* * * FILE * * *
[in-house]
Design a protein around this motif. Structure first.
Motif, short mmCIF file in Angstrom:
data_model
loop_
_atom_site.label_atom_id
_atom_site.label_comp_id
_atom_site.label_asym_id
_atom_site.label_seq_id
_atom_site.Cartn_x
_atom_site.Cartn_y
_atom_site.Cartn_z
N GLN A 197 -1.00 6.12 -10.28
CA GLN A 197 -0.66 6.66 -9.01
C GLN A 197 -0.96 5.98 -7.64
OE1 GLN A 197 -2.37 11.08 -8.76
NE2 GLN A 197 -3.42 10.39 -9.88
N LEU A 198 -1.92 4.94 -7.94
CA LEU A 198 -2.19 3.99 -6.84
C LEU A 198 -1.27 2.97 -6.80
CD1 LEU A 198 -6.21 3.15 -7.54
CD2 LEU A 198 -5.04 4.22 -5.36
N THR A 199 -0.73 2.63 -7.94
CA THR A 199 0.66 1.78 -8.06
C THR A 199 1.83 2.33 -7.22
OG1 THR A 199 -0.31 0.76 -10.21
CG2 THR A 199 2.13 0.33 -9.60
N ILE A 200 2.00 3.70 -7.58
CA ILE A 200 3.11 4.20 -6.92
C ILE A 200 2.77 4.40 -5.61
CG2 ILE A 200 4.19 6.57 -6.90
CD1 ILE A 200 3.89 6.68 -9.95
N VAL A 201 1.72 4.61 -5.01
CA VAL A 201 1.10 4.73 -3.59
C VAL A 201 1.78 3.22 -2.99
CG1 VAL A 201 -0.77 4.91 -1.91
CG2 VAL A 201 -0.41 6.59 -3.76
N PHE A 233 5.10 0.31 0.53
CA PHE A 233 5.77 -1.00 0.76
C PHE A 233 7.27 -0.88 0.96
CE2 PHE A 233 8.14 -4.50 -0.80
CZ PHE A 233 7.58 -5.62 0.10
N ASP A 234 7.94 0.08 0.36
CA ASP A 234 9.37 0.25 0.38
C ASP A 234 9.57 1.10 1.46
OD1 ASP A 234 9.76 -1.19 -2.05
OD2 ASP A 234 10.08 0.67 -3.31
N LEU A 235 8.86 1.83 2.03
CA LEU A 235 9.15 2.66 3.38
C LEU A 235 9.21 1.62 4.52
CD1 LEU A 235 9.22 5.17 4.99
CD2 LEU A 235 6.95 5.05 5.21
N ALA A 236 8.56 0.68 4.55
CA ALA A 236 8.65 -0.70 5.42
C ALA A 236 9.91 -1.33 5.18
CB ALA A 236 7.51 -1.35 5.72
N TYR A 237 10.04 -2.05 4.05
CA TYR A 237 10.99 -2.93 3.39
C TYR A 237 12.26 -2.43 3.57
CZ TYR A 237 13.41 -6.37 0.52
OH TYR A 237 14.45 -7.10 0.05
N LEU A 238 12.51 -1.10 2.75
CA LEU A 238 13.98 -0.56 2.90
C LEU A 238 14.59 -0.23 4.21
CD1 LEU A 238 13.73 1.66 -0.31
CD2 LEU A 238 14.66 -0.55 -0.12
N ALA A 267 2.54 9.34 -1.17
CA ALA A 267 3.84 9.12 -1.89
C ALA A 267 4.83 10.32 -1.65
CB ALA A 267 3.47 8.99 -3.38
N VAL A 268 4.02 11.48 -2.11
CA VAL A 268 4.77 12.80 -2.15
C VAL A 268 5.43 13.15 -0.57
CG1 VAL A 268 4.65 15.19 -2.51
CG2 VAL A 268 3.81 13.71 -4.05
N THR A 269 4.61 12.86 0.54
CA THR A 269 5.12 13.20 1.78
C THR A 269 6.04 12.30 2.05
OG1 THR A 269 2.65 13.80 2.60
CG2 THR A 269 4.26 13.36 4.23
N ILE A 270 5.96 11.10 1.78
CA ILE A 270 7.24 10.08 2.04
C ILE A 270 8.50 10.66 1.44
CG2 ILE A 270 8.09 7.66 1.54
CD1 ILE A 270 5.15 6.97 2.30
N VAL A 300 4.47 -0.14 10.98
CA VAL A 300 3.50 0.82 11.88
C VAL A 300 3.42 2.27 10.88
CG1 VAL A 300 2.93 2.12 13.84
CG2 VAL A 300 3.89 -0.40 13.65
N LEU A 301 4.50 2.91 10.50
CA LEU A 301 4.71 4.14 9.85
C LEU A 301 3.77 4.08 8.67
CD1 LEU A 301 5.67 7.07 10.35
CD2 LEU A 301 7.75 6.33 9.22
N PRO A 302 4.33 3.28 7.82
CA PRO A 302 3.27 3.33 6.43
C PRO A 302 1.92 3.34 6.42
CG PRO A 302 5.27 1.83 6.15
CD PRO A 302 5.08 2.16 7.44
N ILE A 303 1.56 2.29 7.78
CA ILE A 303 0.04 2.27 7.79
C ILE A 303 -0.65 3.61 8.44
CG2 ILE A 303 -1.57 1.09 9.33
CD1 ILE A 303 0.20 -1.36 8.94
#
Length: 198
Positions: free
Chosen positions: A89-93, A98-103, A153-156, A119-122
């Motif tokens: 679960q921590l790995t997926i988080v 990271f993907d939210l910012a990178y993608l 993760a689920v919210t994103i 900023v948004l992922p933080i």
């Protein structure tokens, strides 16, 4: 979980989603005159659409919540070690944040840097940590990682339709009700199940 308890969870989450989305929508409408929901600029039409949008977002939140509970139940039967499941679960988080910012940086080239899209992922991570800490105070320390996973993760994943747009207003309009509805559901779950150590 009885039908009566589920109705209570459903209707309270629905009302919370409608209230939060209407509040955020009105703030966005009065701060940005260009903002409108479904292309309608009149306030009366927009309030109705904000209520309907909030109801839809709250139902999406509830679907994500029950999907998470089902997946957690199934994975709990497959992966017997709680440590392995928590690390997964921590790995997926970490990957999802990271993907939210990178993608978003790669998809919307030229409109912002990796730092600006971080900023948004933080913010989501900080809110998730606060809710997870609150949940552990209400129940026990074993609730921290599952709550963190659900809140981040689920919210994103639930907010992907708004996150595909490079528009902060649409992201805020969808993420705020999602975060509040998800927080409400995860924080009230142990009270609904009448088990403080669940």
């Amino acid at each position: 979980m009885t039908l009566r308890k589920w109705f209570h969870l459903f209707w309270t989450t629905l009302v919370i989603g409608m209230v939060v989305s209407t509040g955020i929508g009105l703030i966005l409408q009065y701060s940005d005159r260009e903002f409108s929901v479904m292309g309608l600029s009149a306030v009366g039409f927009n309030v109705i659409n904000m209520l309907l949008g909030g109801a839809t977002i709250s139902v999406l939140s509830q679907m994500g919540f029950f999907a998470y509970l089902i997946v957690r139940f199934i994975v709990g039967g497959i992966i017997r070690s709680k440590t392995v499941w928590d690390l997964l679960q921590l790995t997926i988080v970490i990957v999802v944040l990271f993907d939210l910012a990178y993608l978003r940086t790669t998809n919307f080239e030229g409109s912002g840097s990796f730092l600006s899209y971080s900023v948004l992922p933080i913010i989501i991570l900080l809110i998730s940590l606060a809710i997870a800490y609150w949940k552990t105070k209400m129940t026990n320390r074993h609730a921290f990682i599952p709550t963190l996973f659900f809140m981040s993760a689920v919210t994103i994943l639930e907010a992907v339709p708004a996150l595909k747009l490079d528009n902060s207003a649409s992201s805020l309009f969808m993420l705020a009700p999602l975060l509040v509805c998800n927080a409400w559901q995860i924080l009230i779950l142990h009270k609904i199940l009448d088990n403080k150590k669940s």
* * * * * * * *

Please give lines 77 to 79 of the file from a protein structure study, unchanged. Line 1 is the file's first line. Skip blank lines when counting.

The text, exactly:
CA THR A 269 5.12 13.20 1.78
C THR A 269 6.04 12.30 2.05
OG1 THR A 269 2.65 13.80 2.60